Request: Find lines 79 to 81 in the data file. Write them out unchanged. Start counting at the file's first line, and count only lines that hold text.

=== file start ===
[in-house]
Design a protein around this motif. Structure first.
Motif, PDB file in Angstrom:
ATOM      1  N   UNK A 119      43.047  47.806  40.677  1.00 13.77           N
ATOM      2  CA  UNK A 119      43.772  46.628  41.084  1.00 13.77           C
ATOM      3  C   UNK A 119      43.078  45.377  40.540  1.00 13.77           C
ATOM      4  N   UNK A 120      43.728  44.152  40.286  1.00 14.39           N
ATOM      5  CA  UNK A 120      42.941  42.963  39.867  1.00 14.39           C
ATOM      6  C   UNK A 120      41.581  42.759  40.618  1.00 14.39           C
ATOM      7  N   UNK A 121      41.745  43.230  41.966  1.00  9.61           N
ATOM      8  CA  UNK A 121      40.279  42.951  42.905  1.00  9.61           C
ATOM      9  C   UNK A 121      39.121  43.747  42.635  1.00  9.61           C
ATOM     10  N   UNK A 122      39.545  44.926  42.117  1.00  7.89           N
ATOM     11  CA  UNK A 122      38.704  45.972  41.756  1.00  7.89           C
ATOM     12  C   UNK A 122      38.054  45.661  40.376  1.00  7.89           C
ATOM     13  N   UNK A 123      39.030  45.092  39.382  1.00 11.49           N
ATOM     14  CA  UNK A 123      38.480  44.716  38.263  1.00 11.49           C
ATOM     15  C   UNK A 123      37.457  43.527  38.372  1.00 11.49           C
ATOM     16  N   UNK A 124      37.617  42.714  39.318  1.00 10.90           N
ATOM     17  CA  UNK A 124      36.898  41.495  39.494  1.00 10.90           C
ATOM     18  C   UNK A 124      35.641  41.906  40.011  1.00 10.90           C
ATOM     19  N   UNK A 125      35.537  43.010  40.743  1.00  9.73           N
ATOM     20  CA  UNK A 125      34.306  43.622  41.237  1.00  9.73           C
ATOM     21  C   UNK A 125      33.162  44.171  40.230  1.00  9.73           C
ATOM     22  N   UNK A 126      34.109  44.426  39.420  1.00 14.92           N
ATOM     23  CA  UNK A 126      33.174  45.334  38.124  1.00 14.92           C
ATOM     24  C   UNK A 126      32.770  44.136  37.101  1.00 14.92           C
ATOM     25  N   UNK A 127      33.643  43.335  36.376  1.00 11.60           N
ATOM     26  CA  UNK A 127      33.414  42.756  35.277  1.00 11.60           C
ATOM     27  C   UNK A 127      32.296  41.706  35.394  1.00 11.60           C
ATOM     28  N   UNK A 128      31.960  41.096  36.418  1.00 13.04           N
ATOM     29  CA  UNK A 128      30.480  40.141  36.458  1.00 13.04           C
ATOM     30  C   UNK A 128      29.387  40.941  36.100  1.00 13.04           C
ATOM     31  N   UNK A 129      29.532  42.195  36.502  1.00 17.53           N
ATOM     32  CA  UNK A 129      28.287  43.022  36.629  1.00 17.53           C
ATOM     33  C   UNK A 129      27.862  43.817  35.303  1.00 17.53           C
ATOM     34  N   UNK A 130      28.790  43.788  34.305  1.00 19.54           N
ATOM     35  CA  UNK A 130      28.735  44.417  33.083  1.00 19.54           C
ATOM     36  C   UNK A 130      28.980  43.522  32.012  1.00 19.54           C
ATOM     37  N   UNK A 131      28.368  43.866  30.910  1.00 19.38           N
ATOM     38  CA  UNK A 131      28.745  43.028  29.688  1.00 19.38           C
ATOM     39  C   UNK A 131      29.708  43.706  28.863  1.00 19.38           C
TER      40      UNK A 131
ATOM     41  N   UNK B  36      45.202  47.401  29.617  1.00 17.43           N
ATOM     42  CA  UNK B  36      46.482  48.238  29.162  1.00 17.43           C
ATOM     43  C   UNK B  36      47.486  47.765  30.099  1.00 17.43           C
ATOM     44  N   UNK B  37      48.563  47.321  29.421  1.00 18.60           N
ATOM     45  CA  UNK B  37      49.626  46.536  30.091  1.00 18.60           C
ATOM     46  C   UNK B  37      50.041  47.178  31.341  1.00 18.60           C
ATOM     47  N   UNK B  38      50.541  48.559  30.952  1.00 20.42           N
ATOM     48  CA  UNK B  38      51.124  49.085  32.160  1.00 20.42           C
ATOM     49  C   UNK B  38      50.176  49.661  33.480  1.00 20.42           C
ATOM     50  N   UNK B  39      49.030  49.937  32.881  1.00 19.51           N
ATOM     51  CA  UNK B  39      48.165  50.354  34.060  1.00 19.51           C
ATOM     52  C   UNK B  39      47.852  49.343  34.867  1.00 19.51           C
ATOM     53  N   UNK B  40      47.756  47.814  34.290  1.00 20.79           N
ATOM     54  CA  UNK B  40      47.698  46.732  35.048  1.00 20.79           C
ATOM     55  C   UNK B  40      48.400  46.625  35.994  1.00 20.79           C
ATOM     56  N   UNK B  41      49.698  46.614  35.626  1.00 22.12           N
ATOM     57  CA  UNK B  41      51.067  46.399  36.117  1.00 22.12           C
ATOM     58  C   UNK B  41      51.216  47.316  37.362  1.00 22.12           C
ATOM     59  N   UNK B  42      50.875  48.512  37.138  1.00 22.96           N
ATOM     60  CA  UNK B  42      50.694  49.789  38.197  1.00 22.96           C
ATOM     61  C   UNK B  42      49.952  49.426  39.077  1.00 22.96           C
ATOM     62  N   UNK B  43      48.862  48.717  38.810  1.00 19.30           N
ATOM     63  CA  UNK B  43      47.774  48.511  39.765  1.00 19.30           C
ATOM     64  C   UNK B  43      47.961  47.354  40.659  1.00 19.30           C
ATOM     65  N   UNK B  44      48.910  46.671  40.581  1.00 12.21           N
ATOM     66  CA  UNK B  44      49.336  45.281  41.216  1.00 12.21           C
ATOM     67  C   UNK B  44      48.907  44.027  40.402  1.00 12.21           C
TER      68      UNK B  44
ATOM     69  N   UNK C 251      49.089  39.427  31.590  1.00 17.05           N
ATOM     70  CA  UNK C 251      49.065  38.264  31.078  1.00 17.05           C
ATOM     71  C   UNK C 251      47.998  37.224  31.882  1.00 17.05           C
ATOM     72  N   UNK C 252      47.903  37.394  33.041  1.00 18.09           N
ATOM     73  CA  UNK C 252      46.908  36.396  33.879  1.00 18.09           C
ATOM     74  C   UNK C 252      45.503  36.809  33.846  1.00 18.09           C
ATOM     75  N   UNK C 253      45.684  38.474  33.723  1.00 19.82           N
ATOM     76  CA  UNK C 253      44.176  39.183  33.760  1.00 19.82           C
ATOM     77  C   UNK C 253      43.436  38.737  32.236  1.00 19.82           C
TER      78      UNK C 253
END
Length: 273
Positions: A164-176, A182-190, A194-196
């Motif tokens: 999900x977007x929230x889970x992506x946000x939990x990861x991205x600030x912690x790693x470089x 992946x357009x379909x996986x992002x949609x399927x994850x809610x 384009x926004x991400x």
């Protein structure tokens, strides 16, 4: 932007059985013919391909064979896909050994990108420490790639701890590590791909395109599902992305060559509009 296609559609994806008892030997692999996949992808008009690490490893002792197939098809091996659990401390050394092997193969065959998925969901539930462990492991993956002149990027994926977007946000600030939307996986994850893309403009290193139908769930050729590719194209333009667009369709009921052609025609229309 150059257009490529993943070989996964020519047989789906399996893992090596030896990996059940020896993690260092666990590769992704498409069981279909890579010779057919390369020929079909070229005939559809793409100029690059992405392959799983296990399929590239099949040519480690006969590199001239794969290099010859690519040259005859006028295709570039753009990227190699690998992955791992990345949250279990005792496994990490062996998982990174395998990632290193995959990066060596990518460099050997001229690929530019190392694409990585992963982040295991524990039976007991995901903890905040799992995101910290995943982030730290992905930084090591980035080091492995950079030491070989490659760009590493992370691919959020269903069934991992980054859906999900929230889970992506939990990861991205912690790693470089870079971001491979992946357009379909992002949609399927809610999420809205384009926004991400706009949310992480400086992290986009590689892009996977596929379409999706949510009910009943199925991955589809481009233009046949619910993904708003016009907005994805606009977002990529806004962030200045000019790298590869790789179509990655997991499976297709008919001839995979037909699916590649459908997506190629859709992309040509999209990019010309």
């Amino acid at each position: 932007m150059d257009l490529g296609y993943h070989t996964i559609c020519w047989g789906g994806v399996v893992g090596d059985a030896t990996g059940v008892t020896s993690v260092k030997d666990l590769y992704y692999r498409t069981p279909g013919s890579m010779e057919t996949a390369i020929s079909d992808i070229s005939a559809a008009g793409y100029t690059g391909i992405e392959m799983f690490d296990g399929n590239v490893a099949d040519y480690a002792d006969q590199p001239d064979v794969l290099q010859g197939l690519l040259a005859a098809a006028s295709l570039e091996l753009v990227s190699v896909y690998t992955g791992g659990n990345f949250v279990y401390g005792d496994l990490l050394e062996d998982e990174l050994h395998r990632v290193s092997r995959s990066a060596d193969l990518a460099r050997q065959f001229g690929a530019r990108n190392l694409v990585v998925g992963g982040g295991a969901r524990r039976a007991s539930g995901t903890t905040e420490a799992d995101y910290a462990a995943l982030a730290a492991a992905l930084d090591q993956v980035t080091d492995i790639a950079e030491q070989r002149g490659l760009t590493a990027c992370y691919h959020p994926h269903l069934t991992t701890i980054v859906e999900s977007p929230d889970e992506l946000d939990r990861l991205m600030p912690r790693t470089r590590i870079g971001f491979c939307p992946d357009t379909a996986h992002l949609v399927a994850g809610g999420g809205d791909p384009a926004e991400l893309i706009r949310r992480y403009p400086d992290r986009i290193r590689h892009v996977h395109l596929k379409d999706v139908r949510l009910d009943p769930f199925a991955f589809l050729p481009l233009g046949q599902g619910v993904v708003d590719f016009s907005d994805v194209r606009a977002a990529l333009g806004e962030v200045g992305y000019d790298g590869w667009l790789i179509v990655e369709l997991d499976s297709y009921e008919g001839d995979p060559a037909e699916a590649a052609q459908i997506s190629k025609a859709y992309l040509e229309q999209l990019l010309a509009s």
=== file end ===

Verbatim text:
ATOM     76  CA  UNK C 253      44.176  39.183  33.760  1.00 19.82           C
ATOM     77  C   UNK C 253      43.436  38.737  32.236  1.00 19.82           C
TER      78      UNK C 253